Big Olive Oil Accuses Dr. Oz Of Disparagement

Image courtesy of Meneer Dijk

The “Dr. Oz effect” usually refers to the popular talk show host’s ability to turn unproven “miracle cures” and weight loss fads into instant successes, but fortunes can swing the other way when the Great and Doctorful Oz says not-nice things about a product.

The North American Olive Oil Association filed a lawsuit on Tuesday in Fulton County Superior Court in Atlanta against Dr. Mehmet Oz, claiming that the TV personality made disparaging statements about the quality and purity of its members’ products on his talk show, Courthouse News reports.

The trade group claims that Oz and his guests on The Dr. Oz Show “made a series of false statements regarding the quality and purity of olive oil sold in supermarkets in the United States, including but not limited to imported olive oils.”

“The statements made on The Dr. Oz Show caused harm to plaintiff’s business, including the Quality Seal Program, and to plaintiff’s reputation and ability to continue its work,” the complaint reads.

This all started with the May 12, 2016 episode of the show, when Oz and his guests discussed the “truths” about certain foods, olive oil included. On that program, Oz spoke to a guest introduced as a “certified oleologist.”

That guest “is employed by the California Olive Ranch, a privately owned company based in Chico, California that manufactures and sells olive oil made in California,” the complaint says. “At no point in the show did any person disclose [the guest’s] vested interest in denigrating olive oils originating outside of California or her vested interested in promoting California olive oils.”

According to the suit, Oz claimed during the episode that a “shocking” 80% of olive oil products could be a scam, and that it probably contains less actual olive oil “than you’ve ever imagined.”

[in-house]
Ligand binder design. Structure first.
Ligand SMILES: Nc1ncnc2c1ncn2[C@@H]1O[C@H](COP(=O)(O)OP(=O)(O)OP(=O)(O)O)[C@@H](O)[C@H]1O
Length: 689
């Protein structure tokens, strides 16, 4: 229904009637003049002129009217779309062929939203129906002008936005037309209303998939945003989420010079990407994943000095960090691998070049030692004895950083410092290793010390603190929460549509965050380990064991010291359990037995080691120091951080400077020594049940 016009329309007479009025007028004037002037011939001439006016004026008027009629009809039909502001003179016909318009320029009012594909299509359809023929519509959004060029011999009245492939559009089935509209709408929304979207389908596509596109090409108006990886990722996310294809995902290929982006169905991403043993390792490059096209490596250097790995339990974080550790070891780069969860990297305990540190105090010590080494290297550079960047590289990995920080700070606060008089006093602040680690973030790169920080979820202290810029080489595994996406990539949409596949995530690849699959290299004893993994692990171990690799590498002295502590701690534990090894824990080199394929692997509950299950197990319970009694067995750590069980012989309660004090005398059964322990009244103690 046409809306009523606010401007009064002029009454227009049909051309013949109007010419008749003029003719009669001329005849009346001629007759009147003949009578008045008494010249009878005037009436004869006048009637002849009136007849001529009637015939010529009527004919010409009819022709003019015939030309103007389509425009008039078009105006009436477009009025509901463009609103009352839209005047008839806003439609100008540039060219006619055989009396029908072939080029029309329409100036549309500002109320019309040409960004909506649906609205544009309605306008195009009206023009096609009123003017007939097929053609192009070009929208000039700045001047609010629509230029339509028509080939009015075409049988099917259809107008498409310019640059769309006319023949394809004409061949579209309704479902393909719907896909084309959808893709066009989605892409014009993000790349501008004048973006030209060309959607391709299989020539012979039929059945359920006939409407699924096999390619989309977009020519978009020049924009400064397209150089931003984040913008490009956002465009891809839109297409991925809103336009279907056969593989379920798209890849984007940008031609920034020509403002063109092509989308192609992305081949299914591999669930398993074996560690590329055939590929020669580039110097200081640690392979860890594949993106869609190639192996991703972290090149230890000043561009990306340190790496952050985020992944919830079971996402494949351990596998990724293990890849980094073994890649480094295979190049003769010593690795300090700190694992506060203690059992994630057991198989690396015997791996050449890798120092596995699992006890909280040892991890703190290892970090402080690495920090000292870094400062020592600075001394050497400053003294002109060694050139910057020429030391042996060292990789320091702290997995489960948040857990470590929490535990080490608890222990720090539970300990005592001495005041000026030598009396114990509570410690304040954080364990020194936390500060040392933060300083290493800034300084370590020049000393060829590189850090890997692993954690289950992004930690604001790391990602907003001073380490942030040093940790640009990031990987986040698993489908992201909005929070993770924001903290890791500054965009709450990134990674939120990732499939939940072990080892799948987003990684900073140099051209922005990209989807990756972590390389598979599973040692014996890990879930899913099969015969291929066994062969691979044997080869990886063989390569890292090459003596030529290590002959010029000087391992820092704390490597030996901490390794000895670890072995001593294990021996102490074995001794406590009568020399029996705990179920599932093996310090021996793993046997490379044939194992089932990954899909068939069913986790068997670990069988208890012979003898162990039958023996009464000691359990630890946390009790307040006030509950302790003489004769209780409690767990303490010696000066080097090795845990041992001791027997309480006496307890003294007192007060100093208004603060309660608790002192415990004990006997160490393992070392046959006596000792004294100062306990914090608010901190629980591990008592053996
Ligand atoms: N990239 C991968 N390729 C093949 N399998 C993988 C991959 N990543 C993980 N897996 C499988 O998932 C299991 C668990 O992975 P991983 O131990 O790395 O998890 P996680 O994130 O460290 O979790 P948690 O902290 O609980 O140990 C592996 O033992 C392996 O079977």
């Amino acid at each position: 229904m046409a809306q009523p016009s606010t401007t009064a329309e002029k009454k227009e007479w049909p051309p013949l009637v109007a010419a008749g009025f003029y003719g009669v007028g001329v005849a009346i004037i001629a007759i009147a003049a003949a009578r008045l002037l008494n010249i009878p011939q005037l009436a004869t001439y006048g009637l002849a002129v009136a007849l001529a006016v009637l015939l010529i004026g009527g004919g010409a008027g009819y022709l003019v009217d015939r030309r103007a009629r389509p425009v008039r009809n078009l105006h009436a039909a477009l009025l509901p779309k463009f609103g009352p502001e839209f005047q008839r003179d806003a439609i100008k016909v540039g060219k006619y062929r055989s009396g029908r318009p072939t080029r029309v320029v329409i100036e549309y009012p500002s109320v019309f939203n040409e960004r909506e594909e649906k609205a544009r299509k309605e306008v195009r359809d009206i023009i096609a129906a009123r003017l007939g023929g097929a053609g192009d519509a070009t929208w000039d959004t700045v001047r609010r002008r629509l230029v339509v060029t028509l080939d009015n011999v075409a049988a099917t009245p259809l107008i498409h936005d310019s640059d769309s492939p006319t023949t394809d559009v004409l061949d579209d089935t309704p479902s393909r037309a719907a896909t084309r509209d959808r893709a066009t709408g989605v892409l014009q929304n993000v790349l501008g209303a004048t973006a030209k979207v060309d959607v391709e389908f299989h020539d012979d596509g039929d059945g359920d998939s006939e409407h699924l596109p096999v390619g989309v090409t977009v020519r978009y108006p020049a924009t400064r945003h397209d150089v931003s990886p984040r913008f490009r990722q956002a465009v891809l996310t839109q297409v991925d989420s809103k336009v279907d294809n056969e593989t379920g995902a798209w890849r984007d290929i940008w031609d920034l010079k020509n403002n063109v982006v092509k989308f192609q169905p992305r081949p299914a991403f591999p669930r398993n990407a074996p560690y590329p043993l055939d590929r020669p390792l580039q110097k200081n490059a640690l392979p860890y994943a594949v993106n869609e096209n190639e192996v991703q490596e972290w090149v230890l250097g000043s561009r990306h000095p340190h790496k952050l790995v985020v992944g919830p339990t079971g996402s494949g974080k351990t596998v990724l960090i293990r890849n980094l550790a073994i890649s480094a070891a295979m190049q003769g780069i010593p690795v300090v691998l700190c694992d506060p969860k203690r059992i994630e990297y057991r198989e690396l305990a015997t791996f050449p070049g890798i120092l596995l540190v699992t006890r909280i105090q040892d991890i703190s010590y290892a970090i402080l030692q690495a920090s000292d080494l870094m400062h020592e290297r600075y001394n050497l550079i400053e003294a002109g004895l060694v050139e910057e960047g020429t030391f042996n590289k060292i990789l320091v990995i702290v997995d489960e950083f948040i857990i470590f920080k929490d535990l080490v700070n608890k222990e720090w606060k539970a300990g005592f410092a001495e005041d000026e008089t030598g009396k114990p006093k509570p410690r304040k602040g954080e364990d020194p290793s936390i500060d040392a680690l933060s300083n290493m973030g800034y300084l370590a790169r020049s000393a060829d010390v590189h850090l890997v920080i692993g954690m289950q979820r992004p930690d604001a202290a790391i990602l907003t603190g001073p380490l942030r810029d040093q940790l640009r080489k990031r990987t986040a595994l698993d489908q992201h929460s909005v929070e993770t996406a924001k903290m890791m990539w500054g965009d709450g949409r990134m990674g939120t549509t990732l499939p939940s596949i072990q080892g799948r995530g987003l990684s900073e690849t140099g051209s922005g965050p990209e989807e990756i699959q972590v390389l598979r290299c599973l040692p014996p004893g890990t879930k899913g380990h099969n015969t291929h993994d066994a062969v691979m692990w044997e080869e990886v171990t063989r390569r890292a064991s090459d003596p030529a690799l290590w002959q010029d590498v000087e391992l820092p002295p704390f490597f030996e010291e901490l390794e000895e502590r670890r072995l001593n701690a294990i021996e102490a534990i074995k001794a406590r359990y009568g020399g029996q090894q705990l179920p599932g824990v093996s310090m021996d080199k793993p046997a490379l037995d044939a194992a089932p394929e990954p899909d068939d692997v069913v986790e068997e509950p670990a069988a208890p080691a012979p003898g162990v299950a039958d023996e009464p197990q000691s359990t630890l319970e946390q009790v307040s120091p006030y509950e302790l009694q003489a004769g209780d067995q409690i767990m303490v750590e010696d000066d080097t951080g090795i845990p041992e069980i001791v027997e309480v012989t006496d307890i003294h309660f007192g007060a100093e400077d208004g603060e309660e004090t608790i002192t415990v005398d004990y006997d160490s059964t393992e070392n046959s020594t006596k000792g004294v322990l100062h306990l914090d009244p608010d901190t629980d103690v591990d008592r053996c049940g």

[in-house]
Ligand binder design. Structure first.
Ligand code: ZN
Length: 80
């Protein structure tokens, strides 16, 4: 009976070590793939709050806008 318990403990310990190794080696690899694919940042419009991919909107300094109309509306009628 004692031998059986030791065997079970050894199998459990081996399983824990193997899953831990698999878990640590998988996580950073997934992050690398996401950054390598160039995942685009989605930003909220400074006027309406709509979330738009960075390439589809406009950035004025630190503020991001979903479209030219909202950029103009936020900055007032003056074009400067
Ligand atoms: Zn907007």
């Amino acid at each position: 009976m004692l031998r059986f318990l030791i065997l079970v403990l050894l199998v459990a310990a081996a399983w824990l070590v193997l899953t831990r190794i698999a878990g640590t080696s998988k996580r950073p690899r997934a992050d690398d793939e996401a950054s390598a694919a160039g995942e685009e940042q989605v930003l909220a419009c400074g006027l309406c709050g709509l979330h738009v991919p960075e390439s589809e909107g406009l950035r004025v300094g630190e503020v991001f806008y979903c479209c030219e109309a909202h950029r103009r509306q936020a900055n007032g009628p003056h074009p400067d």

“It’s likely been mixed with artificial colors and less expensive oils. In other words, you are not getting what you’re paying for,” he said during that episode.

The group says Oz tried to back up his claims by mentioning Italian police who discovered “7,000 tons of fraudulent olive oil, much of it bound for storage right here in America.”

“By making that statement, Dr. Oz unequivocally implied that the olive oil seized by Italian authorities was, among other things, tainted by oils from non-olive sources,” the complaint says. “But the truth is that none of the olive oil seized by Italian authorities was alleged to have come from non-olive sources. Similarly, there were no claims that the olive oil contained artificial colors or was in any other way ‘adulterated.’”

Oz’s statements weren’t based on “reasonable or reliable scientific inquiry, facts or data,” the group claims.

That kind of talk is harmful on its face, but it’s made worse by the fact that his viewers take whatever he suggests seriously, and use that information to make decisions when shopping for food, the suit says.

So why would Oz talk alleged smack about foreign olive oil? Because he wants to promote California olive oils instead, the trade group claims, and keep viewers from buying olive oil produced elsewhere in the country.

The lawsuit seeks consequential and punitive damages for claims of disparagement of perishable food products, tortuous interference with business relations and negligent misrepresentation.